Paid Search Power Tools: SQL

I don’t think many of you would disagree that the most important tool for getting the best out of a paid search account is the brain of the analyst working on it. But if I focused on that then this would be a pretty short talk; I don’t know much about recruitment or how to tell if someone really knows what they are talking about in a short interview.

So, assuming you already have the best possible people working for you the tools question becomes one about how best to enable these minds to produce high quality outcomes.

One of the things you do not want to do is constrain creativity in any way; remember, you have the best people working on this so you want them to be able to express themselves however they like. I feel a bit stupid touting a spreadsheet as an excellent tool for creative people, but Excel is very good at this.

With Excel, AdWords Editor and a bit of ingenuity/Googling there isn’t much that can’t get done but you are here to here about Paid Search Power tools, not to listen to me validate stuff you are already doing. Excel is a jack of all trades and by picking specific tools for some common tasks we can do much better.

One such task is gathering and marshalling data. I believe the best tool for this job is SQL and one of the many databases that allow you to query them in this language.

Whoa! Hold on there. I don’t know SQL
Writing basic SQL queries is not hard. And besides, you are intelligent and a geek; you can learn this. W3Schools have a good tutorial that is covered in adverts and I like the PostgreSQL Documentation and the SQL tutorial from SQLzoo.

It all sounds pretty complicated
It isn’t. Suck it up and learn something

I don’t really want to go into specifics about how to do certain tasks but here is an idea of some of the queries I have run over the last couple of weeks (written in English to aid comprehension):

  • Find all keywords where the quality score has changed since last week
  • Find all keywords without a keyword level destination URL where the adverts in the ad group only have 1 destination url (i.e fix my mistake of leaving off tracking urls without breaking the ad groups where we are split testing landing pages)
  • Compare metrics from queries that contain “dogs and cats” to queries that contain “cats and dogs”. There was no difference so I felt safe lumping them into the same ad groups

I’ve focused the above examples on tasks which required linking data from more than one report/dataset (e.g keyword report and advert report in example 2). My Excel-fu is too weak to do this easily; I think it is much easier to do this in SQL.

Another useful thing to remember is that you don’t just have to link with other datasets from Adwords. Pull in stuff from Google Analytics, get CRM data, compare with competitor ad rankings and ad texts, correllate with weather reports and maybe even import clicks and costs from Yahoo. A database provides a convienient place to store all this data and SQL provides the means to marshall it and turn it into useful insights.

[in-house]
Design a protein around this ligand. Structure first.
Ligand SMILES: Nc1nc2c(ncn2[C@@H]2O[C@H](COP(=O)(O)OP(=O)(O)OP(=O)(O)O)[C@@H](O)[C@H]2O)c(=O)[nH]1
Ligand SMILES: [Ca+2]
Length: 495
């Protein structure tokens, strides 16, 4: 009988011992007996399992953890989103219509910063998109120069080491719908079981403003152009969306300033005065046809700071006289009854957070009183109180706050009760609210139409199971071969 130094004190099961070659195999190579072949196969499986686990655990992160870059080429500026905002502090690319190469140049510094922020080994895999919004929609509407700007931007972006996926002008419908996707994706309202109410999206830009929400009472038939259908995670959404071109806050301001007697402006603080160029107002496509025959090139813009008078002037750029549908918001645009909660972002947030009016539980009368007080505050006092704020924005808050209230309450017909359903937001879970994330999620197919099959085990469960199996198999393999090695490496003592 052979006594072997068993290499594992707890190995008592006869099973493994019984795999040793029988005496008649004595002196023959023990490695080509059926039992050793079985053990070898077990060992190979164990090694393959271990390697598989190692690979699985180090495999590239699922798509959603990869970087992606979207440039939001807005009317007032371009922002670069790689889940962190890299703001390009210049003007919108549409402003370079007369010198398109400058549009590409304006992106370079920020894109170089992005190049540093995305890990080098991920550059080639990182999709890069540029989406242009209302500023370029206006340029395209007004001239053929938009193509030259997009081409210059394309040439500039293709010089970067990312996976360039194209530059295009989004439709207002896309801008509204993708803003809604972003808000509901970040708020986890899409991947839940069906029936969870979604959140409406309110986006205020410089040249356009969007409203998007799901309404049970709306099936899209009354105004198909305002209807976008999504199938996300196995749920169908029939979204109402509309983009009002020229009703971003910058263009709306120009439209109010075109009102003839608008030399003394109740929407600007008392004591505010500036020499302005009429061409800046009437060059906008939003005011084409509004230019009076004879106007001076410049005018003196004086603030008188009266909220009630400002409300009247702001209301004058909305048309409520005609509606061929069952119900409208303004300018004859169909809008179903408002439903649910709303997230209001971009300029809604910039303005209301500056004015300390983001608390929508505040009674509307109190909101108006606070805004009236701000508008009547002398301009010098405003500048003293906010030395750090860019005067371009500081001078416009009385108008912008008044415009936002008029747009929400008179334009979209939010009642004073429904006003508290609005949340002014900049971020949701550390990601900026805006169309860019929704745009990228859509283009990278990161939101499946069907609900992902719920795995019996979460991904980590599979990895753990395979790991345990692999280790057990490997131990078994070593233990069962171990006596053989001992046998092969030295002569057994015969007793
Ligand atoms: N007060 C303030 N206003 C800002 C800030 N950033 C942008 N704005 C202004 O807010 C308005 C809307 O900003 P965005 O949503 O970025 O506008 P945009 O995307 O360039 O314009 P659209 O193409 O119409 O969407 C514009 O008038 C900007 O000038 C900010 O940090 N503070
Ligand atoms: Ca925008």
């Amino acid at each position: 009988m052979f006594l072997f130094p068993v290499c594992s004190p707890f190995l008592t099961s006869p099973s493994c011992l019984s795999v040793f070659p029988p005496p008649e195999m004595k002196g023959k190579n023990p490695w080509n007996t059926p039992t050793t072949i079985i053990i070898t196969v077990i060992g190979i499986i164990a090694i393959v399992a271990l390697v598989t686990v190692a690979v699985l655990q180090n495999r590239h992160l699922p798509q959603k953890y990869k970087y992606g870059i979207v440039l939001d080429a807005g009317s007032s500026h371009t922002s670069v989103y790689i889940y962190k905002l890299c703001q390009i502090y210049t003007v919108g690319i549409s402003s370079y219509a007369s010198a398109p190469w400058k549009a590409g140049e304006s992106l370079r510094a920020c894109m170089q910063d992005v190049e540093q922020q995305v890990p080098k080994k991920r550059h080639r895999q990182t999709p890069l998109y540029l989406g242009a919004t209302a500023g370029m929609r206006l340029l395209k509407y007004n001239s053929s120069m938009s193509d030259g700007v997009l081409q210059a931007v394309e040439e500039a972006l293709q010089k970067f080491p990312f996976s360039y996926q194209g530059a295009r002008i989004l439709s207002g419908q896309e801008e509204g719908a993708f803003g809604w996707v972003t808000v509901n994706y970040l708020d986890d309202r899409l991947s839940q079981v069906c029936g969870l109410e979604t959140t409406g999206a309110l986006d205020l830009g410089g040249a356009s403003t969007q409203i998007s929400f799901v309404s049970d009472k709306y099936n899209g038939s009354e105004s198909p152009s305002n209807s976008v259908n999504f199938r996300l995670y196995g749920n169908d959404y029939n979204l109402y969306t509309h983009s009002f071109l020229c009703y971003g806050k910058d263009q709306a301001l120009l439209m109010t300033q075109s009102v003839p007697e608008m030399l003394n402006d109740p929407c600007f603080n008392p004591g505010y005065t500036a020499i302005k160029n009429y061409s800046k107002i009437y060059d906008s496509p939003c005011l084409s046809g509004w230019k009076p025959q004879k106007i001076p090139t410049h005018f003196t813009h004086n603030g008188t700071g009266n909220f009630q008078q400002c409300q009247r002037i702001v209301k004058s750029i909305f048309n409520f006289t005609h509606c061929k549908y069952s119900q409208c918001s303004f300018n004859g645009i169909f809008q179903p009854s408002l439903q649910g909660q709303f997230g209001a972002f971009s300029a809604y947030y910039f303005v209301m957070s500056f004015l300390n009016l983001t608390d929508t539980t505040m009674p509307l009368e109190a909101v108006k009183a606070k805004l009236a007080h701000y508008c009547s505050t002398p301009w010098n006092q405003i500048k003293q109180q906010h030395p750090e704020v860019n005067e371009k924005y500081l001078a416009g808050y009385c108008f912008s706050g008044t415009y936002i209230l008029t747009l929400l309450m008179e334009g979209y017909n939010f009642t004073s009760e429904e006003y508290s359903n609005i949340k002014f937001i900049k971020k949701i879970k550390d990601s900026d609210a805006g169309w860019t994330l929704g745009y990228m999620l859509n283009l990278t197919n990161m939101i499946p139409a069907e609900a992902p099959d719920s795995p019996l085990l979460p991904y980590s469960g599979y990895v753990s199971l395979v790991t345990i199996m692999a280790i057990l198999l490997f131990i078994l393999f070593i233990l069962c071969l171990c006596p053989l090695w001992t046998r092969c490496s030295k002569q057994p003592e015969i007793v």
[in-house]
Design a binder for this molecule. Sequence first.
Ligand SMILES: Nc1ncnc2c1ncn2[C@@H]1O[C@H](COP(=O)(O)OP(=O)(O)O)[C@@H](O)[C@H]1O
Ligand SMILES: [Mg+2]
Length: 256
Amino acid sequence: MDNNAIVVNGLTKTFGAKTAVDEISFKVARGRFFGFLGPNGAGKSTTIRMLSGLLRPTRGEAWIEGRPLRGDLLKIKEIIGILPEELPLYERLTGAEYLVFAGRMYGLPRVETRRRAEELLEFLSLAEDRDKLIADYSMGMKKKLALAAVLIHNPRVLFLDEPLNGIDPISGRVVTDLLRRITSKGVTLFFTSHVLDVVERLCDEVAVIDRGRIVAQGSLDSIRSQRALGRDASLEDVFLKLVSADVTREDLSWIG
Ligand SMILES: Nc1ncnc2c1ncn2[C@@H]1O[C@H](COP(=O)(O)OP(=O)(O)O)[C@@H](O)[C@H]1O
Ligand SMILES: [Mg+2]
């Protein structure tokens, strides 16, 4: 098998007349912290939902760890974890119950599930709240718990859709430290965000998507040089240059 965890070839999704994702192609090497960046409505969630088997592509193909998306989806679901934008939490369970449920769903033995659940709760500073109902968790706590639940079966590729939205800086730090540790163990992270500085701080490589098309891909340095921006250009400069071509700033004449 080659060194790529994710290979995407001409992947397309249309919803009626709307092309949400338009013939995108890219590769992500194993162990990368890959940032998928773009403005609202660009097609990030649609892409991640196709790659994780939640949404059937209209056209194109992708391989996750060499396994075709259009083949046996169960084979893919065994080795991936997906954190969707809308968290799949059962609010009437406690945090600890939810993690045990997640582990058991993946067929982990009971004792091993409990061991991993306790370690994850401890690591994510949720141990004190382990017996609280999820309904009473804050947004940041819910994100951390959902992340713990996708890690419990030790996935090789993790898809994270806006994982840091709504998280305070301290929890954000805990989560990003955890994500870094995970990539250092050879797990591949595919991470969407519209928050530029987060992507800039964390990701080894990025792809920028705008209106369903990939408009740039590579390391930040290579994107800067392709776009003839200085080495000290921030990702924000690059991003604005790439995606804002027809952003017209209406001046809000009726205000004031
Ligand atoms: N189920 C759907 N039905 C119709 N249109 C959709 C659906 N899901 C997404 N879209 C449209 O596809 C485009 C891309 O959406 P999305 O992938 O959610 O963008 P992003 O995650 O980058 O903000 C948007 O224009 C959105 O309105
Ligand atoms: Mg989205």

SQL also has the advantage that it is easier to automate than an Excel sheet. Take my quality score example from above; I wouldn’t know where to start with setting this up to alert me automatically everytime something important changed; this is much easier for a programmer or developer to do if they can interface with an SQL database.

If it is so awesome why isn’t everyone doing this already?
I think there are four reasons for this:

  1. You don’t know SQL but you are already pretty good with Excel.
  2. SQL is only good at one thing
  3. Getting data from AdWords into an SQL database is not as easy as getting data from AdWords into Excel
  4. Thinking vs. Doing

I’ll deal with the first two points together and answer them both at the same time:
You don’t have to only use SQL. You can still use Excel for some things

Excel is good at drawing graphs, doing simple calculations and it is comfortably familiar. My current workflow starts with an SQL query to get the data I want into a format where I can easily mess about with it in Excel. I still spend more time in Excel than anything else (except perhaps It is very possible to make a transition into using SQL as part of your everyday life. As I have become more proficient at SQL I find myself spending less time on it because I can write the query that I need faster.

The third point is a tricky one. My current agency, Forward3d have their own system for this which I am not going to talk about here because I wouldn’t do it justice. Luckily for you, in my old job at SEOptimise I spent some evenings working on my own solution which you can use for free.

Download at

Alternatively I’m sure that almost all of the paid search tool providers can offer you this feature or something similar enough that it makes no difference (don’t confuse the tool with the result; SQL is not the point, flexible data analysis is).

It’s pretty basic and hasn’t had much testing but it will be enough to get you started. You can @RichardFergie on Twitter or use the contact form on this site to get in touch with me if you have any questions or problems with it. I’ll do my best to help you get started.

One of the things I found harder to adjust to when first starting to use SQL what the “Thinking vs. Doing” difference. When working in Excel my hands are pretty much always moving; I’m applying filters, sorting columns, adding colours, creating derived metrics, adjusting scales on graphs and all sorts of other minor tasks. Quite a lot of this is just ‘busyness’ and I am not actually finding anything useful. The sparseness of an SQL prompt doesn’t allow me to do this so it sometimes feels like I’m being unproductive. In fact, I’m being forced to think. That is a good thing even though it feels like I’m just sitting there doing nothing.